Lean Advent Calendar – Dec 4th

I was struggling a bit for the 4th Dec, the only idea that kept recirculating around in my head was the “Four Hoursemen of the Apocolypse” which I thought wouldn’t be very festive!

So finally, after due research, I bring you day four, “Four Candles” by the Two Ronnies.

This reminds me of how some senior managers behave, when they are less than clear to their subordinates about what they are trying to achieve. In my experience, clarity of information is critical do avoid duplicated effort and rework.

Here’s a recap of the sketch, which was voted one of the funniest British comedy sketches of all time.

At Ronnie Barkers memorial ceremony held at Westminster Abbey, his procession was led with 4 Candles, not the usual 2 in memory of this clever piece penned by him.

Also the original script, rediscovered in 2006, sold at auction for 45,000 pounds in 2007!

From Wikipedia:

The sketch opens with a throwaway joke as the hardware shopkeeper (Corbett) hands a lady a roll of toilet paper, saying “mind how you go”. The lady exits and the shopkeeper is then confronted by a customer (Barker), who is holding a shopping list. The customer then requests what sounds like “four candles”. The shopkeeper then takes out four candles, but the customer merely repeats his request and the shopkeeper is confused. The customer rephrases his request to reveal he in fact wanted “fork ‘andles” (handles for garden forks.)

He then asks for plugs. To try to avoid a similar mistake the shopkeeper asks what kind and is told “a rubber one, bathroom”. Believing that he is asking for rubber bath plugs the shopkeeper gets out a box of them and asks for the size. The customer’s answer is “thirteen amp” revealing he in fact wants an insulated electric plug.

He next asks for saw tips. Confused, the shopkeeper asks if he wants an ointment for “sore tips”. After a better explanation the shopkeeper explains they do not have any. This causes little or no frustration.

He then asks for “o’s”. This item causes the most frustration with the shopkeeper bringing a hoe, a hose (“‘Ose! I thought you said “‘oes!”) and pantyhose to the counter before working out what he wants are the letter O for the garden gate – “‘o’s as in Mon Repos”. The box of garden gate letters is noticeably difficult to get to and put back, requiring a ladder.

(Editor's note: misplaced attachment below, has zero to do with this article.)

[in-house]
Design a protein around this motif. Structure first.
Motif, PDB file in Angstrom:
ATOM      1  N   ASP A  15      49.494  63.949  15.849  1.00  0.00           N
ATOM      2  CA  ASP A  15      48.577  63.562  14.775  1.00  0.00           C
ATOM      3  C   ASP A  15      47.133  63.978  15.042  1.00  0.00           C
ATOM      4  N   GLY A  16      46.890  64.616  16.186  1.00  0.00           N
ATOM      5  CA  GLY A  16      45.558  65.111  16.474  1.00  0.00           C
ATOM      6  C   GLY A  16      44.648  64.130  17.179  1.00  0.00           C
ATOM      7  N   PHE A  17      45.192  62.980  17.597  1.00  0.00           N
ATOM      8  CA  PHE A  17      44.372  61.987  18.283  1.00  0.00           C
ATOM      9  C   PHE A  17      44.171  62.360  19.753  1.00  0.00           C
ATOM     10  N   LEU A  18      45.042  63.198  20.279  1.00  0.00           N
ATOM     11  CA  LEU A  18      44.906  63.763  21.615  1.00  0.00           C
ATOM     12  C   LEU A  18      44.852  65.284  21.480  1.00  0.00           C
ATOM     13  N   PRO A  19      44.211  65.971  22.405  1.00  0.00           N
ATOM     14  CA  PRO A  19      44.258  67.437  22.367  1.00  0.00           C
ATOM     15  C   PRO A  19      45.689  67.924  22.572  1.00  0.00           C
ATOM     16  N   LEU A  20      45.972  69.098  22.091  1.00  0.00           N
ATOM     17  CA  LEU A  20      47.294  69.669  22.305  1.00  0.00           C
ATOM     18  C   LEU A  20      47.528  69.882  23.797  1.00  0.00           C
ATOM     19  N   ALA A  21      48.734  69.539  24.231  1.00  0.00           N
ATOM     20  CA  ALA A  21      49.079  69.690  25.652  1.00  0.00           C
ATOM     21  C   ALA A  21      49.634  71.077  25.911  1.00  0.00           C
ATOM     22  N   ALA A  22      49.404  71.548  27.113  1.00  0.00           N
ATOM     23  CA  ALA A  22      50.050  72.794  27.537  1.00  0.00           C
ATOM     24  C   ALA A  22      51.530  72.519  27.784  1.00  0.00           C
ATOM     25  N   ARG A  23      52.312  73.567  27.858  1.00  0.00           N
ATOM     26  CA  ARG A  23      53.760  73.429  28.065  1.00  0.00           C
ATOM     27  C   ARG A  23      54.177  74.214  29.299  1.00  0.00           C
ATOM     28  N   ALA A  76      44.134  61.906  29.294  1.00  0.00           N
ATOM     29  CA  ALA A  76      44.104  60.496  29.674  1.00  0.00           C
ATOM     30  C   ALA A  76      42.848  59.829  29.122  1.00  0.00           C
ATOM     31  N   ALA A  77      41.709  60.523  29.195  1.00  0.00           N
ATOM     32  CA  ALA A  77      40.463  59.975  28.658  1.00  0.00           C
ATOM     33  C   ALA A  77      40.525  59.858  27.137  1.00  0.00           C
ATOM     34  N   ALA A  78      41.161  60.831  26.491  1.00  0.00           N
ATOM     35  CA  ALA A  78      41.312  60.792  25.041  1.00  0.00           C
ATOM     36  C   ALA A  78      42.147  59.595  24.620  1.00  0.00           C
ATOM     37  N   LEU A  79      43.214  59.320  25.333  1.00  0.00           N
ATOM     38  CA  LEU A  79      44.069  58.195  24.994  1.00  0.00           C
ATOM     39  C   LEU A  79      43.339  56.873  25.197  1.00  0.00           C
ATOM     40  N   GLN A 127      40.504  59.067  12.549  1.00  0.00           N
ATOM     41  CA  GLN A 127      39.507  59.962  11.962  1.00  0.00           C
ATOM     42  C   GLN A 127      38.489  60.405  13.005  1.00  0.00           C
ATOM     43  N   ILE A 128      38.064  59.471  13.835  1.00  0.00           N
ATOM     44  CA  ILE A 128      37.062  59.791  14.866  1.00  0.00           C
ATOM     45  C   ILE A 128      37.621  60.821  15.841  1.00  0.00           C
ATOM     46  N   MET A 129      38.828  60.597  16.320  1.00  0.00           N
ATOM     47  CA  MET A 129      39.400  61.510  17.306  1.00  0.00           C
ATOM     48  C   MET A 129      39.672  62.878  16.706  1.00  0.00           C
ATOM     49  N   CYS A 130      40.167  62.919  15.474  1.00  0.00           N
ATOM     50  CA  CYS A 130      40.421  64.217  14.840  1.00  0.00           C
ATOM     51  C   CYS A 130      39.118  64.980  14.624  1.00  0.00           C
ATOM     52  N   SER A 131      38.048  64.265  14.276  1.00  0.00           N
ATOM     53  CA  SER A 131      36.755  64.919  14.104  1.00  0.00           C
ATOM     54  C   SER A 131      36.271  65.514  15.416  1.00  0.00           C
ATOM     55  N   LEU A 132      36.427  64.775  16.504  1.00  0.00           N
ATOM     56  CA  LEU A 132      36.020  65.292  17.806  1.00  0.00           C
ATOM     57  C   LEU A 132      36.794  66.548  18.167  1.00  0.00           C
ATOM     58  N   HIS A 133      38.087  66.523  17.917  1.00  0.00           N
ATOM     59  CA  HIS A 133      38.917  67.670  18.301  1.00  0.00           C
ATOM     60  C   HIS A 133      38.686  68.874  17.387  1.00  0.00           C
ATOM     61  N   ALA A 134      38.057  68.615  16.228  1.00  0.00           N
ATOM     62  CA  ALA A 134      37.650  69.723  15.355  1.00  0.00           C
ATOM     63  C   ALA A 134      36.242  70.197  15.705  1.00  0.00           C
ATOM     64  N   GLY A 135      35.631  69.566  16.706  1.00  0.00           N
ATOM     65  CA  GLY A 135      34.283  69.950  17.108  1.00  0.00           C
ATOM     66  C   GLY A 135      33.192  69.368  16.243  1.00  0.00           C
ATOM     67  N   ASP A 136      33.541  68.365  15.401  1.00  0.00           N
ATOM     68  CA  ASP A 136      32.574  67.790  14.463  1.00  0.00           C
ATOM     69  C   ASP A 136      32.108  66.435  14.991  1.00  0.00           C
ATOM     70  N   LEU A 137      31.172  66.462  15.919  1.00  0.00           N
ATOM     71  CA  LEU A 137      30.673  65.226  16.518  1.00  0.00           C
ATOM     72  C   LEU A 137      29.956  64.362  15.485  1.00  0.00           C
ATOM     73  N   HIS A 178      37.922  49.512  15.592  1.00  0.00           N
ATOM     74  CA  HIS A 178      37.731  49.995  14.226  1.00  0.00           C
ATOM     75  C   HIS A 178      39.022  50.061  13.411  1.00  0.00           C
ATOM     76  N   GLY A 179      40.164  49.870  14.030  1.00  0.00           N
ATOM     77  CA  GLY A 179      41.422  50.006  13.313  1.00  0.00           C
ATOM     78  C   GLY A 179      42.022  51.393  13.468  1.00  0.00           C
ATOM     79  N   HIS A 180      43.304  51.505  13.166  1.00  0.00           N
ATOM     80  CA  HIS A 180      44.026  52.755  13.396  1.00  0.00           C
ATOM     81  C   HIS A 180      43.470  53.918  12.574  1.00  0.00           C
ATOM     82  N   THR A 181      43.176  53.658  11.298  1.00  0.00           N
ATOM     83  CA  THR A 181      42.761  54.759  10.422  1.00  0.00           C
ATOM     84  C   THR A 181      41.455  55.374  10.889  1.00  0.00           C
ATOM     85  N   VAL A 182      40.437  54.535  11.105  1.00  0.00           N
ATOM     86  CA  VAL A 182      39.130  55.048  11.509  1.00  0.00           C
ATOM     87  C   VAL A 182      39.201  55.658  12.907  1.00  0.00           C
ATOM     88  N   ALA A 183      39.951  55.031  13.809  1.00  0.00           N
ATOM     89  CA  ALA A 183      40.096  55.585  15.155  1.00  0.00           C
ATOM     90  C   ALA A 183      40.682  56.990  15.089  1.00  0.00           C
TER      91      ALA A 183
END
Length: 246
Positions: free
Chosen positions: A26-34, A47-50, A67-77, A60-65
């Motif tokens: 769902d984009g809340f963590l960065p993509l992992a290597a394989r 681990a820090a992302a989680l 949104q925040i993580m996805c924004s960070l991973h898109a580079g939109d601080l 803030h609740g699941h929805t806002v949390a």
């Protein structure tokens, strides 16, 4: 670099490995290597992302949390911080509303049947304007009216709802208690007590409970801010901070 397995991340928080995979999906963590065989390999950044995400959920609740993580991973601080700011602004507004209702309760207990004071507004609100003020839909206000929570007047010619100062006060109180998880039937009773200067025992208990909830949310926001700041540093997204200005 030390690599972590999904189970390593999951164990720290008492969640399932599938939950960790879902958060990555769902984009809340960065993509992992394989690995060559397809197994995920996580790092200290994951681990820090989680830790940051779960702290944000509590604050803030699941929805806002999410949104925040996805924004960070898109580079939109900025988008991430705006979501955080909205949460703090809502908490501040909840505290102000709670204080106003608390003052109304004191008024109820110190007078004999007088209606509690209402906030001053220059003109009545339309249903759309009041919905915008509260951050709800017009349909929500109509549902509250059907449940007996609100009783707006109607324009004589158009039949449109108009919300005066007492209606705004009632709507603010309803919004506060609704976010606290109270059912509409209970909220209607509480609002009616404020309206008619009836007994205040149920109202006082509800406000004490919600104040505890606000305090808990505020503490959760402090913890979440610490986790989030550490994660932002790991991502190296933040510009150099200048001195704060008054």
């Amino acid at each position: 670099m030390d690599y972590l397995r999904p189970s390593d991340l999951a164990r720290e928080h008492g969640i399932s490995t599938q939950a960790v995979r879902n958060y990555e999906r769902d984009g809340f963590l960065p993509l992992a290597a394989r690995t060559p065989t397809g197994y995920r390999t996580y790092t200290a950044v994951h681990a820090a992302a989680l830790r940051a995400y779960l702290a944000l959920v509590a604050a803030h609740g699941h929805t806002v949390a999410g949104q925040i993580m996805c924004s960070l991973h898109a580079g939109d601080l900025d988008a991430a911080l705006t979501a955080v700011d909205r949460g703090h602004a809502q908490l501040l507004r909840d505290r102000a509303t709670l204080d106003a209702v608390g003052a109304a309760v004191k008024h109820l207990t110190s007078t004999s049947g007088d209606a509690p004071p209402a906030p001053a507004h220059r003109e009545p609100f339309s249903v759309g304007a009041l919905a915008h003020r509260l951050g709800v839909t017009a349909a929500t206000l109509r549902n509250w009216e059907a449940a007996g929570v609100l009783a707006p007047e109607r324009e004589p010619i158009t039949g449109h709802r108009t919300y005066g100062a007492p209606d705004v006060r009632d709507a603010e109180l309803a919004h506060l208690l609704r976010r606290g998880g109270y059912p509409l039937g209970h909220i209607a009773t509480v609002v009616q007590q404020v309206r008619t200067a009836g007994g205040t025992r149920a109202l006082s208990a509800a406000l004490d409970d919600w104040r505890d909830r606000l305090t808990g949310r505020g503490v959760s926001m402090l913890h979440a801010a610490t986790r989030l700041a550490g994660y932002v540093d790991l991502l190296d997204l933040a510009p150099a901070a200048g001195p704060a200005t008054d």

When he asks for “peas” the shopkeeper, believing him to be asking for the letter P for a garden gate, is understandably annoyed as they are in the box he has just put back. The customer waits for him to get the box down before better explaining what he wants – tins of peas. At this point the shopkeeper first suspects it may be a joke.

He then asks for “pumps” and the shopkeeper asks him to elaborate. The customer complies by asking for “foot pumps”. The shopkeeper brings a pneumatic pump to the counter. The customer then reveals he wants “brown pumps size nine”. At this point the shopkeeper becomes convinced that the customer is playing a practical joke on him.

After he asks for washers the shopkeeper, out of desperation and annoyance, recites a long list of possible items. The customer then explains he wants tap washers, almost the only type of washer that the shopkeeper failed to list.

At this point the shopkeeper, having had enough, snatches the shopping list the customer has been holding to complete the order without any confusions. However, he then seems to take offence at something written on the list. He decides he cannot tolerate the customer any longer and calls his assistant from the back to complete the order. The assistant reveals that the request was for billhooks. The audience is intended to infer that the shopkeeper misread it as bollocks or pillocks.

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